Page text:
Gretchen: Is there a happiness mantra or motto that you’ve find very helpful?
Leo: There are many. “Stay positive” is one. But my all-time favorite is five words of life advice from Vietnamese Zen monk Thich Nhat Hanh: “Smile, breathe and go slowly.” I think of it almost daily. It’s the wisest and most practical advice I’ve ever heard.

Gretchen: Is there anything that you see people around you doing or saying that adds a lot to their happiness, or detracts a lot from their happiness?
Leo: I find that negativity detracts from many people’s happiness. The worst part is, they don’t realize they’re doing it, and they don’t want to hear it from you either. I try to make positive suggestions, or share what’s worked for me, and sometimes that helps. People wallow in self-pity, complain, get discouraged from failure, get depressed by their jobs and their health … all human emotions, of course, but if you allow this kind of negativity to stay in your life, you’ll be dominated by it.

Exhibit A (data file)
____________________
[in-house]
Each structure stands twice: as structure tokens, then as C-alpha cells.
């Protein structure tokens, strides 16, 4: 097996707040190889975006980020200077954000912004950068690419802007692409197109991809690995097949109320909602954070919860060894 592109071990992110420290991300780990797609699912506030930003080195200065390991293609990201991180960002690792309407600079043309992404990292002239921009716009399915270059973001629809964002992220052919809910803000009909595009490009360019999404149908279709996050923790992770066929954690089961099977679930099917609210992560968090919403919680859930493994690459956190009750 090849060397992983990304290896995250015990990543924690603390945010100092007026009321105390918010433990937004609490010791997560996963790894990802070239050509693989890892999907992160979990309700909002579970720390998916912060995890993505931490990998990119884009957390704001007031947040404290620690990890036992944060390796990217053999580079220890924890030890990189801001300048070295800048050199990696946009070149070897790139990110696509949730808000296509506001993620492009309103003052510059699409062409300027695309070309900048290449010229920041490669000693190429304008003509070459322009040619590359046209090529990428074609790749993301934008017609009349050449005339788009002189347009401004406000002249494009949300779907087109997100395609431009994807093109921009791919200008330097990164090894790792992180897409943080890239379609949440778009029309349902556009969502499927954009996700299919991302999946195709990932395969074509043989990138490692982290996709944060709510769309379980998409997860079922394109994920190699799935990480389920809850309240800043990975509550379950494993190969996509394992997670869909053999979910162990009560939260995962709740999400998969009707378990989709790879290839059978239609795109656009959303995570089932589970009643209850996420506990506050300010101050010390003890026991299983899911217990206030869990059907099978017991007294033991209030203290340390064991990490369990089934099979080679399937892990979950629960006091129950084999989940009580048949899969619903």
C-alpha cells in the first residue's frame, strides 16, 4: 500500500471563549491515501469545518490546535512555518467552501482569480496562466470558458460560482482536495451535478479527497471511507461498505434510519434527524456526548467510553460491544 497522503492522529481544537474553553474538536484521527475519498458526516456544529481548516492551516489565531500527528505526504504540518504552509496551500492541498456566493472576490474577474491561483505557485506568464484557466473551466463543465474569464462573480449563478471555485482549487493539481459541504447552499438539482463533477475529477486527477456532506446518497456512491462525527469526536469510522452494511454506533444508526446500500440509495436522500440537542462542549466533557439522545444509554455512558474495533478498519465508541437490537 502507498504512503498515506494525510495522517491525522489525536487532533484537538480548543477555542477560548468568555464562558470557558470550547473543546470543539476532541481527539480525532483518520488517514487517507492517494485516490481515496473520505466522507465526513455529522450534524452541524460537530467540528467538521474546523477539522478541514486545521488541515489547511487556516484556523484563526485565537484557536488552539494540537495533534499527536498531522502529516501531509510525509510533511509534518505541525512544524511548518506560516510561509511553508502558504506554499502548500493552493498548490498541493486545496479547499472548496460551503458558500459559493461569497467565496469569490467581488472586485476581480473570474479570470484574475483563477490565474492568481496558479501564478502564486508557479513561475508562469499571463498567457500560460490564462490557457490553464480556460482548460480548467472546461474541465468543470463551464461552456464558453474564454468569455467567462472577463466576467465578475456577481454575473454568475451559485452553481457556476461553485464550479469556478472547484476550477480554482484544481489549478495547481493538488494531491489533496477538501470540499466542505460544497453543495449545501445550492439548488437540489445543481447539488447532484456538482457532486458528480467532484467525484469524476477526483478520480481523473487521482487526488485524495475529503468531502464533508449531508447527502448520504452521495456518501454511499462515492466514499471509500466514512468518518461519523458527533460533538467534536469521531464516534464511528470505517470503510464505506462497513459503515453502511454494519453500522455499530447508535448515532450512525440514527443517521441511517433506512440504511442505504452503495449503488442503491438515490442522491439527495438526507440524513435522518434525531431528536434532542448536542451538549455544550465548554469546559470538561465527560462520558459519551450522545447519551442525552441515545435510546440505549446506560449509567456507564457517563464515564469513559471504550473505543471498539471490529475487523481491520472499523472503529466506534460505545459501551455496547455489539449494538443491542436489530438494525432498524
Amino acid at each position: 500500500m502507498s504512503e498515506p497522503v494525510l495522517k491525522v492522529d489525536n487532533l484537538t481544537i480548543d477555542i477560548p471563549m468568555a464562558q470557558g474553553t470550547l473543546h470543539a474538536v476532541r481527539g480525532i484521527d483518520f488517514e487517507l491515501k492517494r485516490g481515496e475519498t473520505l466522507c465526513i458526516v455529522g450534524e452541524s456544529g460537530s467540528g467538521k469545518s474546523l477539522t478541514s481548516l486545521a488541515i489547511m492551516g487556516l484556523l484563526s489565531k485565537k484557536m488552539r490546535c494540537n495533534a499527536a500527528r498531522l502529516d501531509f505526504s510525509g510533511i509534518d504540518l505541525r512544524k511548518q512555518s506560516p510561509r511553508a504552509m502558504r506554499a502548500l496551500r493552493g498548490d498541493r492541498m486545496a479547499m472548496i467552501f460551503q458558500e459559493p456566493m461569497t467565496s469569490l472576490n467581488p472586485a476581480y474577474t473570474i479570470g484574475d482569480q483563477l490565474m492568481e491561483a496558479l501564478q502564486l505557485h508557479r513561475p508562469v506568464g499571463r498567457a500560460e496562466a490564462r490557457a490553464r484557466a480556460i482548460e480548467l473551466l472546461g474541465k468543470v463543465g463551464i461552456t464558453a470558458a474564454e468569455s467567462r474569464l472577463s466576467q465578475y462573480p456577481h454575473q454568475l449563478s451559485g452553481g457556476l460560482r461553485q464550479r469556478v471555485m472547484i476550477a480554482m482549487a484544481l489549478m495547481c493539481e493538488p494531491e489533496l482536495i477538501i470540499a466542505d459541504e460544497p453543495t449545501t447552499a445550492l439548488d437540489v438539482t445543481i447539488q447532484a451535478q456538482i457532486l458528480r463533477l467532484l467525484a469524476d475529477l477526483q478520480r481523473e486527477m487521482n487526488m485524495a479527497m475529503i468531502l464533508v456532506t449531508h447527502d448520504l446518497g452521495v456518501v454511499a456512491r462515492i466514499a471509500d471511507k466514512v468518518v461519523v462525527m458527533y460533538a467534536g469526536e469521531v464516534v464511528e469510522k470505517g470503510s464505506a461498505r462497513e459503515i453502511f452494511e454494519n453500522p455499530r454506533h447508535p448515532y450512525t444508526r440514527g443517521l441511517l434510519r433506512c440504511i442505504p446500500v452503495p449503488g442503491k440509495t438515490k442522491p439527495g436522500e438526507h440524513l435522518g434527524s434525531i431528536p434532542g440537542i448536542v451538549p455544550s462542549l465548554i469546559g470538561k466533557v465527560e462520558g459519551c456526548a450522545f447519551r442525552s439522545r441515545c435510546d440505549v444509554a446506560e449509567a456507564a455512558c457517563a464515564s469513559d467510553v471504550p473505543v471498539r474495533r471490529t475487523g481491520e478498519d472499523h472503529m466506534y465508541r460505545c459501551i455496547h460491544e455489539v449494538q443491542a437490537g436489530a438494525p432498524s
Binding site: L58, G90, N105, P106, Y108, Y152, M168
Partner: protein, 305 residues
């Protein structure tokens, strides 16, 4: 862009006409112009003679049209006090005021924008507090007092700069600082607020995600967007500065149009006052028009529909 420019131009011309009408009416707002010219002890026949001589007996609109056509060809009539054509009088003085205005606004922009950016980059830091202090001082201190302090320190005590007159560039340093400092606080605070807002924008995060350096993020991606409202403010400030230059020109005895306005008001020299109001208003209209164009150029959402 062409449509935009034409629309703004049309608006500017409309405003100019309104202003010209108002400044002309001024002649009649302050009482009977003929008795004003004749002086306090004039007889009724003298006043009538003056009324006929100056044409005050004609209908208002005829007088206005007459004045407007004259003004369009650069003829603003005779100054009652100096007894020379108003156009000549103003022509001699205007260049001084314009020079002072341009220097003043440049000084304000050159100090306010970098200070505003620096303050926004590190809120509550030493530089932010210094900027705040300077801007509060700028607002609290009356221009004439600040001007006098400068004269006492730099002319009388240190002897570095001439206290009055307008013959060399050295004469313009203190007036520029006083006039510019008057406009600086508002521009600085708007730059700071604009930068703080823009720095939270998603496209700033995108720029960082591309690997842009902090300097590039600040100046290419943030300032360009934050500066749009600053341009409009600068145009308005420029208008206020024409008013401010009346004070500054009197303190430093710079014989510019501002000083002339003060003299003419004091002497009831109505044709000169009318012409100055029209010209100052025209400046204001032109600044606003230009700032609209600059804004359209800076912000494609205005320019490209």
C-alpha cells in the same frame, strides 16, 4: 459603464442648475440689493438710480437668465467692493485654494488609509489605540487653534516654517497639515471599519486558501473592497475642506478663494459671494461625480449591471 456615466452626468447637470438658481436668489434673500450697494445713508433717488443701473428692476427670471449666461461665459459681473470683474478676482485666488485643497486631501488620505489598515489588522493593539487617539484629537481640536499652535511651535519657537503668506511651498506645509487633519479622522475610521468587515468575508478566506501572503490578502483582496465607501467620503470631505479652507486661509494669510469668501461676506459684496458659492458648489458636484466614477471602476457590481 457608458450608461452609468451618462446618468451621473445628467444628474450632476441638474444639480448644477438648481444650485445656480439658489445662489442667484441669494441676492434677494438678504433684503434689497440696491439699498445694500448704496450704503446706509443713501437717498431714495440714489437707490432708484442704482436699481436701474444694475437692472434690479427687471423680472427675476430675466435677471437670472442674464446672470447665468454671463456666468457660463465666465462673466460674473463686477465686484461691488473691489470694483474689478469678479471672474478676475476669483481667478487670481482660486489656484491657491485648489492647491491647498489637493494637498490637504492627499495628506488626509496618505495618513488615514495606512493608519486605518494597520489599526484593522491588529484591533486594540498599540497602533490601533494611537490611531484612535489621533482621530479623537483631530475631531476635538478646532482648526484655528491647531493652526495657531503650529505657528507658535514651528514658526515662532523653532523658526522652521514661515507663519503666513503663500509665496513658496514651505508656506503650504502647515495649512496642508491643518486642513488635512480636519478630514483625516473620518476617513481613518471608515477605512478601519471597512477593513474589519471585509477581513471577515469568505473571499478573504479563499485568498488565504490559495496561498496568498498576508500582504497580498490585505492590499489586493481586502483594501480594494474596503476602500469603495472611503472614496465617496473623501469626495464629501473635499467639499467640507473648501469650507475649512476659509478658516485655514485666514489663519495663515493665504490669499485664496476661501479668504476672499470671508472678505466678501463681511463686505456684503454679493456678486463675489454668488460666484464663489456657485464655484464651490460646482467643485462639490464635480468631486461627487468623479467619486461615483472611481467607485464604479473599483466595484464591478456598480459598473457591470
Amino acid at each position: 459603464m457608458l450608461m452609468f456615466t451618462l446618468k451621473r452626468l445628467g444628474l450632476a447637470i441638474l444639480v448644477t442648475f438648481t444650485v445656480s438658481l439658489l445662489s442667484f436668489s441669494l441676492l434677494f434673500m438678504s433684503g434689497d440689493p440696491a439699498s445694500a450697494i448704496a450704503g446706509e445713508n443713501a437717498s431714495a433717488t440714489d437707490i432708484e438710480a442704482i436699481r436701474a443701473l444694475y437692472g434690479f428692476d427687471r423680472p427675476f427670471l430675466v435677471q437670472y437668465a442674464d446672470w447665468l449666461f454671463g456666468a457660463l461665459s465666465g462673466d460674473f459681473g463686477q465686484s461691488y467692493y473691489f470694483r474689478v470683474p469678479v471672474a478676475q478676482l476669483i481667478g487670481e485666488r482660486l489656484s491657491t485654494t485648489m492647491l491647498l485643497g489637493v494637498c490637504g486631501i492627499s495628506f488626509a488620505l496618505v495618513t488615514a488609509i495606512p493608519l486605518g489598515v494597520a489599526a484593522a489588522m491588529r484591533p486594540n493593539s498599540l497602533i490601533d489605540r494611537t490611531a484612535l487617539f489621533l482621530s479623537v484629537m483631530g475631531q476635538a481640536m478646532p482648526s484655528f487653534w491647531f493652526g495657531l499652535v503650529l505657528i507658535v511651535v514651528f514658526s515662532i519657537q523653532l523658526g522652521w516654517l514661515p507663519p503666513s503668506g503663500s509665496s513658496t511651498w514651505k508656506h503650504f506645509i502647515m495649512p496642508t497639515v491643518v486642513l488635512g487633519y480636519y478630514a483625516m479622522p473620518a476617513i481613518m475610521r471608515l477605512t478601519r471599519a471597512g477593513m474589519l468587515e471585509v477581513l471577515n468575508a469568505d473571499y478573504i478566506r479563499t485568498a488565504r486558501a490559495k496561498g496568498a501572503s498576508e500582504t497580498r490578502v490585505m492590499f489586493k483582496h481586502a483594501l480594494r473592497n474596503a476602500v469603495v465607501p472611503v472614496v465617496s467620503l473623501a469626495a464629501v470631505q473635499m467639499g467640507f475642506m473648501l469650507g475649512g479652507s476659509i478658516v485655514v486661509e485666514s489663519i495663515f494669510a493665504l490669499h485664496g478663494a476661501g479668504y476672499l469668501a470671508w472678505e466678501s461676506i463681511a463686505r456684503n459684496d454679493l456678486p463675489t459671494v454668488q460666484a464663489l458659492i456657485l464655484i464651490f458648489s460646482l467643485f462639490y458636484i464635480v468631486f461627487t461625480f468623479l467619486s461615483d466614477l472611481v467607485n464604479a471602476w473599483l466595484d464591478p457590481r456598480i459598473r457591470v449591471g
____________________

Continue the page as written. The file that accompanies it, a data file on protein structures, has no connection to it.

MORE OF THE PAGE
I see people go from unhappiness to happiness simply by taking positive steps in their lives. They might start exercising, or waking early, or simplifying their lives. Many people on my blog who try some of my suggestions along these lines report some amazing transformations from simple little steps like these.

Gretchen: Have you ever been surprised that something you expected would make you very happy, didn’t – or vice versa?
Leo: When I was younger, I always wanted a promotion. I worked hard at getting it. Then I got the promotion, and I wasn’t any happier. I made more money, but somehow my expenses expanded to meet my new income. I had a higher position of authority, but along with that position came more responsibilities, more hours worked, more stress. This happened a few times, and then I made the choice to step down to a position of lower responsibility, so I could shed all the stress and long hours and focus on doing something I loved. It turned out to be an amazing decision, and ever since then, I’ve focused more on doing what I love than on getting more money or more authority. Every step of the way in my journey in the last 10 years, I’ve chosen passion over power and money, and it’s worked out very well.

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Speaking of websites that are a great resource for life hacks, productivity tips, and just generally how to live life in a more effective and serene way, check out Merlin Mann’s 43 Folders. It’s packed full of great stuff.